Chase Freedom Flex vs. Chase Freedom Unlimited: Pick Your Style

They have similar names and some identical features. But the difference in ongoing rewards requires looking inward.
Chase Freedom Flex vs. Chase Freedom Unlimited: Pick Your Style

Many or all of the products featured here are from our partners who compensate us. This may influence which products we write about and where and how the product appears on a page. However, this does not influence our evaluations. Our opinions are our own. Here is a list of our partners and here's how we make money.

The , launched in September 2020, and the older have certain things in common. Both are cash-back credit cards with super-generous bonuses, long 0% APR periods, no annual fees and names plucked from motivational posters.

Their ongoing rewards structures share some similarities, too, but that's also where there's the most daylight between them.

Here's how to choose which one is right for you.



For either product, as a new cardholder you'll be eligible for the same super-rich sign-up incentive:

Plus, for new and existing cardholders through March 31, 2022, both cards will also earn 5% back on qualifying Lyft services purchased through the Lyft app.

Both cards also offer:

From there, though, the cards go their separate ways.

Aside from the ways to earn extra cash back listed above, the also earns 5% back in bonus categories that change each quarter, on up to $1,500 in combined quarterly purchases (category activation is required every three months). All other non-bonus-category purchases earn 1% back.

In this way, the card works much like the original, decommissioned .


The does not feature 5% rotating bonus categories.

Instead, any purchases you make outside of the card's fixed, ongoing bonus categories listed above will earn a flat 1.5% cash back.

Here's a quick glance at how the cards stack up with each other (and with the discontinued ):


The choice between these cards comes down to how you spend money and how much appetite you have for managing your rewards:

Spending habits: Do you spend enough in the bonus categories to make the card worth the effort? Take a look at . If these kinds of categories represent a significant chunk of your budget, then the 5% card is a good fit. If your spending is all over the place, the might be the better option long term.

Complexity: Beyond its fixed bonus tiers, the doesn't require as much tracking, and you won't have to opt in to any bonus categories. But the requires you to activate (and keep track of) quarterly categories, and it knocks down your rewards rate to 1% back once you hit the $1,500 quarterly limit.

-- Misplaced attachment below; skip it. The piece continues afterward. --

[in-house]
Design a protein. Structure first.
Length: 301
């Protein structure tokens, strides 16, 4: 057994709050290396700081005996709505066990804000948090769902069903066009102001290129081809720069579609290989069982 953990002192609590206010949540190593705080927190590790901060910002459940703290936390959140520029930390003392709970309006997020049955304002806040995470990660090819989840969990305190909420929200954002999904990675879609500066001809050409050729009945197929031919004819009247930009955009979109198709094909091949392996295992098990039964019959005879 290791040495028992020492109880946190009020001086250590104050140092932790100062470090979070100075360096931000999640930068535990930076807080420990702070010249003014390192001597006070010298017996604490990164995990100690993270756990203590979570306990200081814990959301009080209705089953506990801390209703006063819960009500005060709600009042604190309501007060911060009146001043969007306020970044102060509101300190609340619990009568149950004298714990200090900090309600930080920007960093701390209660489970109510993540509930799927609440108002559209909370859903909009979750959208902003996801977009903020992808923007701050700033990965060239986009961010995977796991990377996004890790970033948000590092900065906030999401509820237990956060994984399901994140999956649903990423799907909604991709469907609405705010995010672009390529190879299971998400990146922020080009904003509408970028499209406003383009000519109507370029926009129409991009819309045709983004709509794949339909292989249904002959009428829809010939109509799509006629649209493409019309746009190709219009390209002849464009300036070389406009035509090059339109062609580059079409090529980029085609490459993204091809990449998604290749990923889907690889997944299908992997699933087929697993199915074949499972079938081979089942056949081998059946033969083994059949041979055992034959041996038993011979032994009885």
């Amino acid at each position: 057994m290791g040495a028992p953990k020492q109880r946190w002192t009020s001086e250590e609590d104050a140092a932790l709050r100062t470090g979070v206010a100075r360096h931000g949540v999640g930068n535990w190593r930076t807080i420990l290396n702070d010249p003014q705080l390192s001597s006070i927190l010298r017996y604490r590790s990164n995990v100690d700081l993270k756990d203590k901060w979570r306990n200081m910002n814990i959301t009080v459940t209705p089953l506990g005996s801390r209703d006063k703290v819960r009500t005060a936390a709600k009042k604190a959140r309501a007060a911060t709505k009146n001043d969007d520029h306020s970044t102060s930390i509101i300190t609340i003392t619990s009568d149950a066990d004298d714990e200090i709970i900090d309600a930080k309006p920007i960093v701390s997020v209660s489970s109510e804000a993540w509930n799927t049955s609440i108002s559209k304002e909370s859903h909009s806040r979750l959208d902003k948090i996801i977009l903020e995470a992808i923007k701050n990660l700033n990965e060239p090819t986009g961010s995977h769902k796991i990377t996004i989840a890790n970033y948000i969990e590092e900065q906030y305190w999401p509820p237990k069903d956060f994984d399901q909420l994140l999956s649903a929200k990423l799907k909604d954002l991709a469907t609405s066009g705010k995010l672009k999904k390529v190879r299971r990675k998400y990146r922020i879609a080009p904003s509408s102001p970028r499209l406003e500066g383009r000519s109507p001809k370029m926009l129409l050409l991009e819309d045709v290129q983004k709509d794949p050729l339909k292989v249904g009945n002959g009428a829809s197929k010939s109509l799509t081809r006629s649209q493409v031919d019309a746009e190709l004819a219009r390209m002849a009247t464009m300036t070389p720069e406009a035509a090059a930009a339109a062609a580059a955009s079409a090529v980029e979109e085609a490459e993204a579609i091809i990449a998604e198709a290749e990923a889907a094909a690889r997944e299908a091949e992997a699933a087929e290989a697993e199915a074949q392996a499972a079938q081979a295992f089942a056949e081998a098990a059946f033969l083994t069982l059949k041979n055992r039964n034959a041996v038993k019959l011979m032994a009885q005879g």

The is the better choice if you want a card with simpler terms.

It's better for the budgeter. The is more predictable. You don't need to tailor your spending to rotating bonus categories to get a good rewards rate. That makes it easier to avoid overspending.

Say the is paying 5% back on purchases at If you don't normally shop there, you might feel compelled to change your habits — and potentially spend more — to get the extra rewards.

It’s lower-maintenance. The doesn't require you to activate categories every quarter. Basically, this card helps you earn robust rewards with less effort. It won't leave you Googling spending categories in the checkout lane.

It pairs well with other cards. The is a great companion to the other reward cards in your wallet, such as co-branded airline cards and gas cards. Depending on the quarter, the bonus categories might clash with the kind of spending that those other cards in your wallet reward most.

The is your card if you like to squeeze the most value from every purchase.

It offers useful 5% categories. Let's start with its 5% bonus categories, noted here:

These broad categories make it easier to reach your quarterly maximum. For example, if the current 5% category is gas stations, you can use your card to buy a gift card for a restaurant you frequent from the gas station’s store. In effect, you're earning 5% back on restaurants, too.

You get fixed, tiered rewards on top of all that. In addition to the card’s rotating 5% categories, it rewards spending at restaurants and drugstores year-round. That's a hard combination to find.

All told, if you can reach the quarterly spending caps on the without spending more than you normally would, it becomes much more valuable over time than the .

If you're having trouble choosing between the and the , here's a simple solution: Get both.

These cards are often treated like rivals, but they work really well together. Use the for its 5% categories and the to earn more than 1% back on everything else. You can even transfer your rewards between accounts and redeem them all in one go. If you do decide to get both, space out your applications to minimize the impact to your credit score.

Both cards offer excellent value on their own. But together, they become even more valuable.

Information related to the has been collected by NerdWallet and has not been provided or reviewed by the issuer of this card.

On a similar note...
Dive even deeper in Credit Cards